Change your church without losing your people
Confusion is how you lose people in your church. When your people feel like you’ve completely uprooted the church and changed everything, they get confused and overwhelmed. Anxiety about whether they still fit the church creeps in and they might begin wondering if they should step back as the church changes.
If you maintain the controlling idea of your church, you can massively change how your church goes about implementing that controlling idea without causing confusion and anxiety in your people.
First, you have to determine what your controlling idea or theme is before you can decide how to change the narrative around it.
What is your church’s controlling idea?
The easy answer to this question is, “To make disciples of Jesus Christ for the transformation of the world.” This is the official mission statement of the global United Methodist Church and basically the mission of every church.
I believe the correct response is more contextual.
Every church wants to make disciples of Jesus Christ, but what has defined your congregation for the last several years or decades? What principles or practices have guided how you implement that mission?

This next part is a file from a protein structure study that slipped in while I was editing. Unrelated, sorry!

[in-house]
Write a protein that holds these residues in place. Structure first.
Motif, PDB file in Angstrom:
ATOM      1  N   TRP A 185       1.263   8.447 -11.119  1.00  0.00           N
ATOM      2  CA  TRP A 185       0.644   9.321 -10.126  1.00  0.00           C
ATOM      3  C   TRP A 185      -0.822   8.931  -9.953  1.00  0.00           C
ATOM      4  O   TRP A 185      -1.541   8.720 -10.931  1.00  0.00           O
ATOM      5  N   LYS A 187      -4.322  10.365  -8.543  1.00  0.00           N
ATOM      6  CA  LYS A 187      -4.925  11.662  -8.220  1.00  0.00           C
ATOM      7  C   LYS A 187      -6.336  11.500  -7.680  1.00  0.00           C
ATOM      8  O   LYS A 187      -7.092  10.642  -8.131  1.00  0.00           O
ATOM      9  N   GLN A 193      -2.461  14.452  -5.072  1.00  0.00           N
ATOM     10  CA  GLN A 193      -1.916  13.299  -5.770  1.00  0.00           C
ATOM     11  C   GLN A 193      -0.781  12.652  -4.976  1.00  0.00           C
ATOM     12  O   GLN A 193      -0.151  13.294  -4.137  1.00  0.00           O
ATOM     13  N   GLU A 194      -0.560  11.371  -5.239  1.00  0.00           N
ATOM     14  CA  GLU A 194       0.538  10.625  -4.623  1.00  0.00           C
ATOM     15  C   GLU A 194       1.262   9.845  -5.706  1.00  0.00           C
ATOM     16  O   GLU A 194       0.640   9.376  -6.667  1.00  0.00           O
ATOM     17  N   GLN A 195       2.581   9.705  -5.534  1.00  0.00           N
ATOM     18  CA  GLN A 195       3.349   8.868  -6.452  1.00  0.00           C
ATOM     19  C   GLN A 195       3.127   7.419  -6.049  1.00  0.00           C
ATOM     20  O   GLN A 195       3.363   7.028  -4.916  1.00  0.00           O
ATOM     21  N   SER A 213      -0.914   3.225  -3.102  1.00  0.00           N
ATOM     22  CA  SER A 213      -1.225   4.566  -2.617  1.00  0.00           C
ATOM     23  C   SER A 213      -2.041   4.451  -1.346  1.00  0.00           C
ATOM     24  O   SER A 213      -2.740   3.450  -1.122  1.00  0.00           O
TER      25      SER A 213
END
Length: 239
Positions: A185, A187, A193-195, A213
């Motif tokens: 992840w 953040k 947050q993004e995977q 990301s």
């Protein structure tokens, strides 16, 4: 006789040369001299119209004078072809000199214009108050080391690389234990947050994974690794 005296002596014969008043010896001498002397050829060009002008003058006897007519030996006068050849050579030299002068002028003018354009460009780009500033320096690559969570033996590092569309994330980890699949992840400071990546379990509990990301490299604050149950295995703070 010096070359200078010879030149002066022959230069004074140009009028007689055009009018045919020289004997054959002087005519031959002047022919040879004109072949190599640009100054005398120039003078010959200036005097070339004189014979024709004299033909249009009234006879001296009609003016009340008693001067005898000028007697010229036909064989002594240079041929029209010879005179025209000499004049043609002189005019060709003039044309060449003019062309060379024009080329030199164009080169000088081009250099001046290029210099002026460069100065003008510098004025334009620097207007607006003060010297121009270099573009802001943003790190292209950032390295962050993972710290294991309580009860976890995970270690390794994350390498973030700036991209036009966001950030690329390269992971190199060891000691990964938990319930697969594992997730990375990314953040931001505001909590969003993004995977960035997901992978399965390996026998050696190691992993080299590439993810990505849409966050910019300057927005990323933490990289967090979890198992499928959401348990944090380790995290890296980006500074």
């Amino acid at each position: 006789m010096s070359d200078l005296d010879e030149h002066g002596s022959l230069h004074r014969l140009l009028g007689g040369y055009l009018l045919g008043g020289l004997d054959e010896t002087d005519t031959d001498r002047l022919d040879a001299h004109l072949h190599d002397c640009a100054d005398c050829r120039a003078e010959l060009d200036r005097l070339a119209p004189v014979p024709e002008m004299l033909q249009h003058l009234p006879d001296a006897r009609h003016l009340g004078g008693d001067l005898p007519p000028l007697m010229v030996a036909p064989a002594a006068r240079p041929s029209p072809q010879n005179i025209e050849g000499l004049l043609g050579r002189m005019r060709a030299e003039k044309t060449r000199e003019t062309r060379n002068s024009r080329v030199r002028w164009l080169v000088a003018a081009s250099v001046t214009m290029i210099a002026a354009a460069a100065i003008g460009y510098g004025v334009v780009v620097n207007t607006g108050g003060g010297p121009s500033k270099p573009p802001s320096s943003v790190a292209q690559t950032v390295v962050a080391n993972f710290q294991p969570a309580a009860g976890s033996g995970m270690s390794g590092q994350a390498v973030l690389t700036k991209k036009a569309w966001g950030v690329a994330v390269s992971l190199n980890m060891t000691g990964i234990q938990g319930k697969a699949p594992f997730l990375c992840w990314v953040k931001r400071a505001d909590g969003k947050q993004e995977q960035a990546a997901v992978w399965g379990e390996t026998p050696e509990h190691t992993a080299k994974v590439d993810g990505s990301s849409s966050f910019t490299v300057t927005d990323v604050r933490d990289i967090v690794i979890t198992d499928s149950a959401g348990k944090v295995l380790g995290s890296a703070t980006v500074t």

That is where your controlling idea or theme lies.
Here are a few examples of possible controlling ideas
- A longterm focus on your immediate surrounding community.
- A commitment to mission work. Your church WORKS.
- You care for children (children’s min, preschool on site, etc).
- You have always believed youth are the future.
All of these and more might be examples of a church’s controlling idea. You can shift everything about HOW your church performs these without completely starting over.
When everyone in your congregation is clear about what your controlling idea or theme is, you can shift the narrative around it without losing their attention or pushing them into confusion.
How to shift your church narrative
Say your controlling idea has been you are a church that serves your local community well. You can still be a church that serves the local community and shift the narrative.